Hurling abuse wasn't the problem for Petra Mills. But a court ruled that calling her New Zealand neighbour an Australian was racist and against the law.
Czech-born Mills, 31, has been found guilty of racially aggravated public disorder after a rant at her New Zealand-born neighbour in Macclesfield, south of Manchester.
Chelsea O'Reilly, who has dual British and New Zealand citizenship, said: "She called me a stupid fat Australian b****. Because of my accent there can be some confusion over my nationality. She knew I was from New Zealand.
"She was trying to be offensive. I was really insulted. She said she would kill my dog. Bizarrely she then blew raspberries at me like a child."
The incident happened when O'Reilly was giving a statement to police about a domestic incident between Mills and Mills' husband in early September, the Daily Mail reported.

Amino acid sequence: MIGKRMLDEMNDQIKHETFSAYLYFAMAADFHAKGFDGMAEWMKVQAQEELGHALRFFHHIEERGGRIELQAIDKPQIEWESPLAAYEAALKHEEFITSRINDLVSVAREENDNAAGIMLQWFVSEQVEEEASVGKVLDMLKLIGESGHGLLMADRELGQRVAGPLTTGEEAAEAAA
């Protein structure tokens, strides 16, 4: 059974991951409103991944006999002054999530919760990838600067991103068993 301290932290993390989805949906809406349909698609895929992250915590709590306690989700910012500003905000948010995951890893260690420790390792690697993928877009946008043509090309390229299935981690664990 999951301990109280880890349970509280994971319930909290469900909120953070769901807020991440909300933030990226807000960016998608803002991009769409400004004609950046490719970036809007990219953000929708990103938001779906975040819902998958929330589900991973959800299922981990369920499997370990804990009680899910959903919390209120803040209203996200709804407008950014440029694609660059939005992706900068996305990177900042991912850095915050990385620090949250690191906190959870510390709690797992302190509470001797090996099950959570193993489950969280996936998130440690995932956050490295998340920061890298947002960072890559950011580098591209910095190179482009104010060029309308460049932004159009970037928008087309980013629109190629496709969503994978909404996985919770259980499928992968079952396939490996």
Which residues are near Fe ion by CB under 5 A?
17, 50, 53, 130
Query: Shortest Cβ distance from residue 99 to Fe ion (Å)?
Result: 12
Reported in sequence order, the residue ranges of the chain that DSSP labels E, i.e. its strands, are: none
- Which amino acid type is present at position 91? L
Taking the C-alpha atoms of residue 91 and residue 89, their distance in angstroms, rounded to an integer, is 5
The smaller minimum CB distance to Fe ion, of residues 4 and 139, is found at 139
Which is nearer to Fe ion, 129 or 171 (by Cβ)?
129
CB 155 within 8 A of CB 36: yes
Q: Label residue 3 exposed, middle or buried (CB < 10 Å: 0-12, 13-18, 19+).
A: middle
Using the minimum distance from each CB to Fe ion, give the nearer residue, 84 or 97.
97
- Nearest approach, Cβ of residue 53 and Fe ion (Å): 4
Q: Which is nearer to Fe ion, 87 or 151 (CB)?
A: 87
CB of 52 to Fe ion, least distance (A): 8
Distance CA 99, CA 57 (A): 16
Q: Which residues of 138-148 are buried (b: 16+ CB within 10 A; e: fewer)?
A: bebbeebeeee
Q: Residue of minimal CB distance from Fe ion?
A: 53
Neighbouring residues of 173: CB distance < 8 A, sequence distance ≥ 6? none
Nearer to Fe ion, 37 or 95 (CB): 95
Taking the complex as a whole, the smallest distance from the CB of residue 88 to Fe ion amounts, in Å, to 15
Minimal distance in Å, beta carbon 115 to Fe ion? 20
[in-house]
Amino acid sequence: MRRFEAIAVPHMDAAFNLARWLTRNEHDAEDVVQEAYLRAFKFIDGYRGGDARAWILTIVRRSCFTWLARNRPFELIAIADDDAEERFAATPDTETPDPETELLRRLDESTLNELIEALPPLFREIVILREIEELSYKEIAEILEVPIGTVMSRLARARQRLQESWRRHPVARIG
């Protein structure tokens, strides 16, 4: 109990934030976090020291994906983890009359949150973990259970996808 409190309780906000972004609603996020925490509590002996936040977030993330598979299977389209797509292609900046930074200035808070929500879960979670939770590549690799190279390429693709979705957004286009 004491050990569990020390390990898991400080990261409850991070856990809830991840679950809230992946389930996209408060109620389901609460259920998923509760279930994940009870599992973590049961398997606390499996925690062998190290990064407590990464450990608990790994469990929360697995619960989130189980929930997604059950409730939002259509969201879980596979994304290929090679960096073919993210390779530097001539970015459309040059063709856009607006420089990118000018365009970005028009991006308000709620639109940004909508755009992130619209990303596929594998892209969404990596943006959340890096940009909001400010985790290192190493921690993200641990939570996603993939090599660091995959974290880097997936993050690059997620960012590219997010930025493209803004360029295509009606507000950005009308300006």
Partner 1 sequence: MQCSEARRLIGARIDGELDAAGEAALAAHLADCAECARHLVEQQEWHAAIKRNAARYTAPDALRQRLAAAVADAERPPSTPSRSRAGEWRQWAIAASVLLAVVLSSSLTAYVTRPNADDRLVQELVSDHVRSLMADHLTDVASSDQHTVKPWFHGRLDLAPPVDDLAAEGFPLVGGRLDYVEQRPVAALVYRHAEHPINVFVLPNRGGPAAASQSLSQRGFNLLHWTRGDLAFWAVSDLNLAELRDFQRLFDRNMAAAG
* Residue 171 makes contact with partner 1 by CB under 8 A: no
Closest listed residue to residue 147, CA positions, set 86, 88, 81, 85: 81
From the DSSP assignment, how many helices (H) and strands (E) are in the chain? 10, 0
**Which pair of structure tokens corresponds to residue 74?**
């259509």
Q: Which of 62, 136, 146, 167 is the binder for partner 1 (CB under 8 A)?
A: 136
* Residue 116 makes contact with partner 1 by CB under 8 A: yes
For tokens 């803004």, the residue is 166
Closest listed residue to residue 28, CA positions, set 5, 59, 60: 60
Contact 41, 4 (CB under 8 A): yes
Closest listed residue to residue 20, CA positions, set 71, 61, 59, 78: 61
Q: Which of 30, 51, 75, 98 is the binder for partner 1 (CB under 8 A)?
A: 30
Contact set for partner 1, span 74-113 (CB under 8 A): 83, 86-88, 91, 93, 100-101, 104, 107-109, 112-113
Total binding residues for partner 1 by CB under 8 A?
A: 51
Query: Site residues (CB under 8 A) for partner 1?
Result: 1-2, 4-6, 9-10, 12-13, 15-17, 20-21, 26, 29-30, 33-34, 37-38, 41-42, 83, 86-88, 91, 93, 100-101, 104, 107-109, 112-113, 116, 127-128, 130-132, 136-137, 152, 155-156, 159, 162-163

Mills, who had called the police after running from her house, had stormed over to O'Reilly's house and began screaming at her.
Two police constables told the court they had heard Mills use the word "Australian" during her drunken rant.
At Macclesfield magistrates' court Mills agreed she had shouted but denied she was being racist.
"I did not use the word 'Australian'. I used to live with an Australian person. She was very nice."
But chairman of the bench Brian Donohue said: "You were in an emotional and inebriated state. The word 'Australian' was used. It was racially aggravated and the main reason it was used was in hostility."
Mills denied the charge of racially aggravated public disorder but was found guilty and fined £110. She admitted assaulting a police constable by kicking him in the shin and knee and was fined £200 on that charge. She was also ordered to pay both victims £50 compensation, and £500 court costs.
Mills and her husband moved to Scotland after the incident.